Back in April I wrote a post about characters as diamonds—diamonds in the rough to be exact. Like Aladdin, the protagonist of one of my favorite Disney movies—Aladdin. But the formation of diamonds has my attention these days.
The other day, I watched a National Geographic video on YouTube where a scientist, Professor Stephen Haggerty, described how diamonds are formed. The narrator of the video—let’s just call him Narrator Guy—explained.
Down here [the mantle], intense pressure changes the molecular structure of carbon by crushing its atoms together and forcing them into a new lattice-like structure. Under extreme pressure and temperatures, carbon becomes diamonds.
How hot are those temperatures? 2700 degrees Fahrenheit. “The weight of 4000 grown men standing on your foot,” said Narrator Guy.
So, why I am so interested in diamond formation? Because I can relate. Pressure? Ha. I’m no stranger to it. Every time I see a bill I’m not sure I can pay (and lately, I’ve seen a bunch); every time I hear a “no” on the job front or elsewhere; every time someone asks me, “What are you going to do with that degree?”; every time I face an hurry-it-up deadline, every time I’m back to square one—that’s pressure. The weight of 4000 grown men? I feel it bone deep.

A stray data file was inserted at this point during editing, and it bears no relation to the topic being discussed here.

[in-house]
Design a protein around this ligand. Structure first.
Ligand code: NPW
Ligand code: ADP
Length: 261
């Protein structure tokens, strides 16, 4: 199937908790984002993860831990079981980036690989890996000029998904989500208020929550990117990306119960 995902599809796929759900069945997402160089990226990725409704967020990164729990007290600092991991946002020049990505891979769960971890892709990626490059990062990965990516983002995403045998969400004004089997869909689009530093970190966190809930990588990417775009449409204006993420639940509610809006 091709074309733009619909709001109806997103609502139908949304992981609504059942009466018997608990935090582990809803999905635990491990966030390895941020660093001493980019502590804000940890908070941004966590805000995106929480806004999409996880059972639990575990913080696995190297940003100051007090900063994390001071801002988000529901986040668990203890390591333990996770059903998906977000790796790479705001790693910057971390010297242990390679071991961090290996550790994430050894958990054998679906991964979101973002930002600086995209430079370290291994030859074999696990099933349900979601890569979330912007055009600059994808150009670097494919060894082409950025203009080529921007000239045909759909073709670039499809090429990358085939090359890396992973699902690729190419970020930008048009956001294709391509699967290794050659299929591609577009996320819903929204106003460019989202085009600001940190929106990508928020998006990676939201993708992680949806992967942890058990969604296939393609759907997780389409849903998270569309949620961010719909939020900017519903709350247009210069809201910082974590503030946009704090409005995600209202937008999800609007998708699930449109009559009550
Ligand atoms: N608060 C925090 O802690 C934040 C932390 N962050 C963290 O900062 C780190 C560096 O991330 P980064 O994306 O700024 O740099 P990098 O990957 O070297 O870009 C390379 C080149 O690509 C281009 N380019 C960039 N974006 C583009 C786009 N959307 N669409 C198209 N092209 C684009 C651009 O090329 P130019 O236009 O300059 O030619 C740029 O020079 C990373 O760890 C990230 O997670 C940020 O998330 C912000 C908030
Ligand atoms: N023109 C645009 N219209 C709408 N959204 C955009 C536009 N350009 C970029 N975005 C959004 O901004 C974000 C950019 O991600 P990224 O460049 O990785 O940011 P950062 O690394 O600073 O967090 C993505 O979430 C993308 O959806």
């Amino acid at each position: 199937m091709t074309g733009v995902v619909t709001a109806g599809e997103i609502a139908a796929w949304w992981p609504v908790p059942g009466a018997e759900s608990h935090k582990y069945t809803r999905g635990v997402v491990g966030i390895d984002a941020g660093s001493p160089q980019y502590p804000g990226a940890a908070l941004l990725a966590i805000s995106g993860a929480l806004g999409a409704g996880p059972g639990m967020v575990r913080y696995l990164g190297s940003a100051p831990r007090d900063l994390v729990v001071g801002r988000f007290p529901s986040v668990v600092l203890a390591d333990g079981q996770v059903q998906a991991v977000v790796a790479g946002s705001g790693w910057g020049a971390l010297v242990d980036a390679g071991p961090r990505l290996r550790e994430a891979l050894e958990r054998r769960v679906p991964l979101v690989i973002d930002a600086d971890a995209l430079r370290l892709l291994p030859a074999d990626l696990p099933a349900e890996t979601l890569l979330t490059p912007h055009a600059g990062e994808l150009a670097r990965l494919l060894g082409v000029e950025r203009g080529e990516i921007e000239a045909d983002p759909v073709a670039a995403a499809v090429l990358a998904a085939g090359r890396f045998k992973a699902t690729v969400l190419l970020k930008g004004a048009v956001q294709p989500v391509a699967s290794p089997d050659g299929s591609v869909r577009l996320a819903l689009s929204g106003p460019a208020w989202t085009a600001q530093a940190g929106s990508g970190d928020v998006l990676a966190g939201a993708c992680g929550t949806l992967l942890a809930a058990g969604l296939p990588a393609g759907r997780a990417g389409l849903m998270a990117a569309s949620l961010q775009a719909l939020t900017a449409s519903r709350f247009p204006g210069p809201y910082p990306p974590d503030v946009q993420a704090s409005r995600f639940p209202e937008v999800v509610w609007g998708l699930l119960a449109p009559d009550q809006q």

Intense pressure . . . crushing its atoms together. Change is inevitable. But what sort of change? Only God knows.
Maybe you’re feeling the crushing pressure too. Maybe you’re wondering if it will crush you utterly or shape you into something beautiful.
I’ll be interested to see what sort of “new lattice-like structure” develops. After all, diamonds are forever, right?
Rough diamond from Wikipedia.